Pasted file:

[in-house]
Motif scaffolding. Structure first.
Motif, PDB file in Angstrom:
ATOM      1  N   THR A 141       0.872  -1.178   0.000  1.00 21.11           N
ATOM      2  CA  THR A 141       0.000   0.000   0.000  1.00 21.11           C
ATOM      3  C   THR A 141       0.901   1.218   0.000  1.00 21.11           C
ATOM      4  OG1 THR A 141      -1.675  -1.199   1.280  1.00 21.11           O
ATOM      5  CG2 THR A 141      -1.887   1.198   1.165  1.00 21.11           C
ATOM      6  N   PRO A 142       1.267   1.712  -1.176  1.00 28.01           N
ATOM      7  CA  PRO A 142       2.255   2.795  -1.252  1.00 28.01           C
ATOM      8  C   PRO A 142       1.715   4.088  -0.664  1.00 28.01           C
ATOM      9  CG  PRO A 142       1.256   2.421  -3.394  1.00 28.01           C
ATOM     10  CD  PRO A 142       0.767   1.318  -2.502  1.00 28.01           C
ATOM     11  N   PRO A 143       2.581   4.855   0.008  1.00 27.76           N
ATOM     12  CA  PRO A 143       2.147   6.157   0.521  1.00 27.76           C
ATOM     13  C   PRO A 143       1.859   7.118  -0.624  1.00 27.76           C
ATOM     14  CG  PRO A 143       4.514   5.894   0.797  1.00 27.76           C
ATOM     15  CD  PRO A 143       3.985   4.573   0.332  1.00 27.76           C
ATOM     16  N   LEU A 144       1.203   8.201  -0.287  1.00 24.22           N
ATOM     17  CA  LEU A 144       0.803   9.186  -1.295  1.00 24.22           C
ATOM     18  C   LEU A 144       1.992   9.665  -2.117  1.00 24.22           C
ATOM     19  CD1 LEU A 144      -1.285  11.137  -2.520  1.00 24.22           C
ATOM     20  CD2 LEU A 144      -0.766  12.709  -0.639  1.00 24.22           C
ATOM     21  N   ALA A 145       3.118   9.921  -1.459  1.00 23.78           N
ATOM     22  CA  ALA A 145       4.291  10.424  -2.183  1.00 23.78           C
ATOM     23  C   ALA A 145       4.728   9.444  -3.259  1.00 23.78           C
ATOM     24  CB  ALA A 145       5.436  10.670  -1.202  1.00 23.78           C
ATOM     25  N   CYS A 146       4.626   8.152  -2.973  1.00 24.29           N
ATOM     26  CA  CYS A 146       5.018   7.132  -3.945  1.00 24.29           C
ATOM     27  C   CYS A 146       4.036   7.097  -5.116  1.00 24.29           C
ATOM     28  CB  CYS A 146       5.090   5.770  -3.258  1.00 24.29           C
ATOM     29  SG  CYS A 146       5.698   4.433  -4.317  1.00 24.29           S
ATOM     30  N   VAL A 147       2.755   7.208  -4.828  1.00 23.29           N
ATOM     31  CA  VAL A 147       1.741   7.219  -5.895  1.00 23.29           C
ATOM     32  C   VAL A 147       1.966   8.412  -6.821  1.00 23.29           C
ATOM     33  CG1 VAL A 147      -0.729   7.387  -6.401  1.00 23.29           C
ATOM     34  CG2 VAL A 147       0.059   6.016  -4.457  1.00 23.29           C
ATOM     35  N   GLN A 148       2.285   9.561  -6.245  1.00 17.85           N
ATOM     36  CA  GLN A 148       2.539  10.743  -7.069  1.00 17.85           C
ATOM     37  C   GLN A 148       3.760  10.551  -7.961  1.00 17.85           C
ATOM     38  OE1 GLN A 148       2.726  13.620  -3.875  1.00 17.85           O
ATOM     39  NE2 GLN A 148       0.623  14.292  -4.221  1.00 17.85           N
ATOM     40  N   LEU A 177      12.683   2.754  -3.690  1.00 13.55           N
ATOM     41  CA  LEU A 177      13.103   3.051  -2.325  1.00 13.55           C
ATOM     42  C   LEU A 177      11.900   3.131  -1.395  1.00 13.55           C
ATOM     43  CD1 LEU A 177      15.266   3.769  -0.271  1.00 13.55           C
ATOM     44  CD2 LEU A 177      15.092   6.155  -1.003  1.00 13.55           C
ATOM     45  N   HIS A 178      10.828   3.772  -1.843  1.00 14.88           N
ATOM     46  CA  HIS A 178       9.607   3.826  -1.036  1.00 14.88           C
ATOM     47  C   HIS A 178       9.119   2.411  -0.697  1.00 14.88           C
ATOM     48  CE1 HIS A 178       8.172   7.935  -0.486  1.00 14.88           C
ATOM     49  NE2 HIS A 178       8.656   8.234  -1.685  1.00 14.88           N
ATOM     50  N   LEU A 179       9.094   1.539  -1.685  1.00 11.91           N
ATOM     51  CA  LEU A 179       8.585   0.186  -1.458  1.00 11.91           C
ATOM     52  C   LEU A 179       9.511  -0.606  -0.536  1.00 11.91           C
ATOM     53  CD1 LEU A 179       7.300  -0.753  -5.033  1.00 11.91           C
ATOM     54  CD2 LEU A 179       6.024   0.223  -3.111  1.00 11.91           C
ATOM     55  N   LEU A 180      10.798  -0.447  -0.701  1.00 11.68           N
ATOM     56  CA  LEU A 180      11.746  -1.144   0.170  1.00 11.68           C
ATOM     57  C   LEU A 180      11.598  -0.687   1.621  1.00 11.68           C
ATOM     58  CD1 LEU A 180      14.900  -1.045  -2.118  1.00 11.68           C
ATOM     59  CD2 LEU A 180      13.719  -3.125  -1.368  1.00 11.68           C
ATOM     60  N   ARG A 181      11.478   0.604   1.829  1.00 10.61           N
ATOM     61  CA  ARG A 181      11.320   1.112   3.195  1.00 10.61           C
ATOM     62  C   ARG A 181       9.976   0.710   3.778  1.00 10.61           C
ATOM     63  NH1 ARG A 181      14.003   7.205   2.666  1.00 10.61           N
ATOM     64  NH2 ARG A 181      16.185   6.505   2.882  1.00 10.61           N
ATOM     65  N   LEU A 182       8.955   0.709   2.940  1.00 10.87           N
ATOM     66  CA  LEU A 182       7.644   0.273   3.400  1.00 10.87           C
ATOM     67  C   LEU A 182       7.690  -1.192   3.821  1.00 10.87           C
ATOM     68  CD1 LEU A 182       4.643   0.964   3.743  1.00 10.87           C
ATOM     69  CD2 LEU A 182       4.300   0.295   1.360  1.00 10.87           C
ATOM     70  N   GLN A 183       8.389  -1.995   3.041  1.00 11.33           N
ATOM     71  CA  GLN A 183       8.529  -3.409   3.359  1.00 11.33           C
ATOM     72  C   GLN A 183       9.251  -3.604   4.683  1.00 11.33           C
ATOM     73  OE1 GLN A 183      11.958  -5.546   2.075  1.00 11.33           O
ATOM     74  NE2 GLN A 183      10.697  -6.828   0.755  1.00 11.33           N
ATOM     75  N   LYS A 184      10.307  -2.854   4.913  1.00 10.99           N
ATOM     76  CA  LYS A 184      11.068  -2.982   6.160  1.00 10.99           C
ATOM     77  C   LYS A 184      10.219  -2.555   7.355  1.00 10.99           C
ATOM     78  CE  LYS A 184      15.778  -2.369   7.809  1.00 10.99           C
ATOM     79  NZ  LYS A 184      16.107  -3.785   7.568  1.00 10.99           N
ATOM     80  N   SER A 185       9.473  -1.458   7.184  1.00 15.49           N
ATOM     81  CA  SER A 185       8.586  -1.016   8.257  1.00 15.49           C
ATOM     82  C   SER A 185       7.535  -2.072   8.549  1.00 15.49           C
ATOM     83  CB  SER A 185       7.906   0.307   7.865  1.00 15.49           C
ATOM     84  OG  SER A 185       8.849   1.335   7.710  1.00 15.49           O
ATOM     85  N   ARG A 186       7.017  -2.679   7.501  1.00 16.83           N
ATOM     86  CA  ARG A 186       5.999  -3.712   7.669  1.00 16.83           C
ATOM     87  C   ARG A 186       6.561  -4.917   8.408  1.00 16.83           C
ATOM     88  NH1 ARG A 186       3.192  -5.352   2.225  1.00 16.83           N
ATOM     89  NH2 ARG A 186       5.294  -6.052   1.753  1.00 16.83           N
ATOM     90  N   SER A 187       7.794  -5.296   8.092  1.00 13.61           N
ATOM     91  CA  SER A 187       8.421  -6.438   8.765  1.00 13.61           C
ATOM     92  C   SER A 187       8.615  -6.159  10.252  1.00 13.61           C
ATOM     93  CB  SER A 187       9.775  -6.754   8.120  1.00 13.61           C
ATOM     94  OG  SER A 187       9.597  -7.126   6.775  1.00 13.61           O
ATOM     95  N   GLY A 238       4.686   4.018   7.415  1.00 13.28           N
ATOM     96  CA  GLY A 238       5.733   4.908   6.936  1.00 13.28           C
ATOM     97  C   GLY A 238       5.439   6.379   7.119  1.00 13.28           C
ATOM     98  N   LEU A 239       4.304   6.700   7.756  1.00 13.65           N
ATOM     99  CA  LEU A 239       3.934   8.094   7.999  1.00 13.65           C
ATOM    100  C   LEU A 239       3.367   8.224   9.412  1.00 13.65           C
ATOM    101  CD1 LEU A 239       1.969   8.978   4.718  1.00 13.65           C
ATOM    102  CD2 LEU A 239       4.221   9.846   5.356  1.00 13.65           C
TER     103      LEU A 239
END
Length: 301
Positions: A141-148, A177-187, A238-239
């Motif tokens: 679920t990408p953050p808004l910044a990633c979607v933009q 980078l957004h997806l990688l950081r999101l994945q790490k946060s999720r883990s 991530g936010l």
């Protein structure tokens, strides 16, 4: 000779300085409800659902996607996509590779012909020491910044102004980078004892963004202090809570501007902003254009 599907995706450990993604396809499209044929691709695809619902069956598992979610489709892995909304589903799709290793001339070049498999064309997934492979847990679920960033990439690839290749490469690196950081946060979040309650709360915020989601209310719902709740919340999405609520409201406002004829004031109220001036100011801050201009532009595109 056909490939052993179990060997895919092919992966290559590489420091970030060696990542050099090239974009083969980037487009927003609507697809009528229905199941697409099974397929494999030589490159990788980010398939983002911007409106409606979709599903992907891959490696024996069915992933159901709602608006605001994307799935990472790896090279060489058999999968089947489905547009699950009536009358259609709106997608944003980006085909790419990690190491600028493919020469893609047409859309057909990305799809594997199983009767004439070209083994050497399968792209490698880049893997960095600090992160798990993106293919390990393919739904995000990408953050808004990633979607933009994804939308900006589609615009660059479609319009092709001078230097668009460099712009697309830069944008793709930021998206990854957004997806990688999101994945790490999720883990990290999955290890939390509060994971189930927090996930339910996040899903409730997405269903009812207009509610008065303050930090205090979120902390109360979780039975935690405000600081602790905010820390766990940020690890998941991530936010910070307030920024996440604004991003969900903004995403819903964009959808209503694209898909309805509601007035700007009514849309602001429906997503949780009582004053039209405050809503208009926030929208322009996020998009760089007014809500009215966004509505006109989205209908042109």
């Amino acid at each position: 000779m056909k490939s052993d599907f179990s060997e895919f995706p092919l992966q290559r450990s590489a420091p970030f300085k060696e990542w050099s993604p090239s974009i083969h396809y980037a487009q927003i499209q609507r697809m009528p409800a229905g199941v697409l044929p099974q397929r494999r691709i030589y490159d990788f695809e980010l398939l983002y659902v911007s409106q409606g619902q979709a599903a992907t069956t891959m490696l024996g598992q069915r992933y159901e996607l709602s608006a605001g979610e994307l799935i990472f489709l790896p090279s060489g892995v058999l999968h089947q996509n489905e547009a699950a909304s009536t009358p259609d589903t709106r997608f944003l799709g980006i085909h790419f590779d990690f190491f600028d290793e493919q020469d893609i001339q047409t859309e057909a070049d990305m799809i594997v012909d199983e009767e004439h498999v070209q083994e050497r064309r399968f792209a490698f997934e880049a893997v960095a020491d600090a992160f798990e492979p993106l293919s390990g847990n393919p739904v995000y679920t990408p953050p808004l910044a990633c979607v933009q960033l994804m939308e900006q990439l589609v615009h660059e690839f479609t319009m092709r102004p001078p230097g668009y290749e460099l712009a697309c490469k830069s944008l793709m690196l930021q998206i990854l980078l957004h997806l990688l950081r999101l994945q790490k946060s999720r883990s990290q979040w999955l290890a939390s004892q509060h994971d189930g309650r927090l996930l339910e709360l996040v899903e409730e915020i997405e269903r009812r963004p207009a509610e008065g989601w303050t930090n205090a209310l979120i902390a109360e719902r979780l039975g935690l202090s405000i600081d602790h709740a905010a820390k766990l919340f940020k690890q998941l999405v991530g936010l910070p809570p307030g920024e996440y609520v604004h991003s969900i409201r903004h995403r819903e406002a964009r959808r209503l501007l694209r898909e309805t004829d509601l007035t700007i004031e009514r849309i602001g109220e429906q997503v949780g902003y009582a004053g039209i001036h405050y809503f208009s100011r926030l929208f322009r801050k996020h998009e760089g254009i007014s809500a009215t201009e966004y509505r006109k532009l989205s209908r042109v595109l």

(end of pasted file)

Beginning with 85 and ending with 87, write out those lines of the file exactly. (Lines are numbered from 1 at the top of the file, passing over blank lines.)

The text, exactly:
ATOM     82  C   SER A 185       7.535  -2.072   8.549  1.00 15.49           C
ATOM     83  CB  SER A 185       7.906   0.307   7.865  1.00 15.49           C
ATOM     84  OG  SER A 185       8.849   1.335   7.710  1.00 15.49           O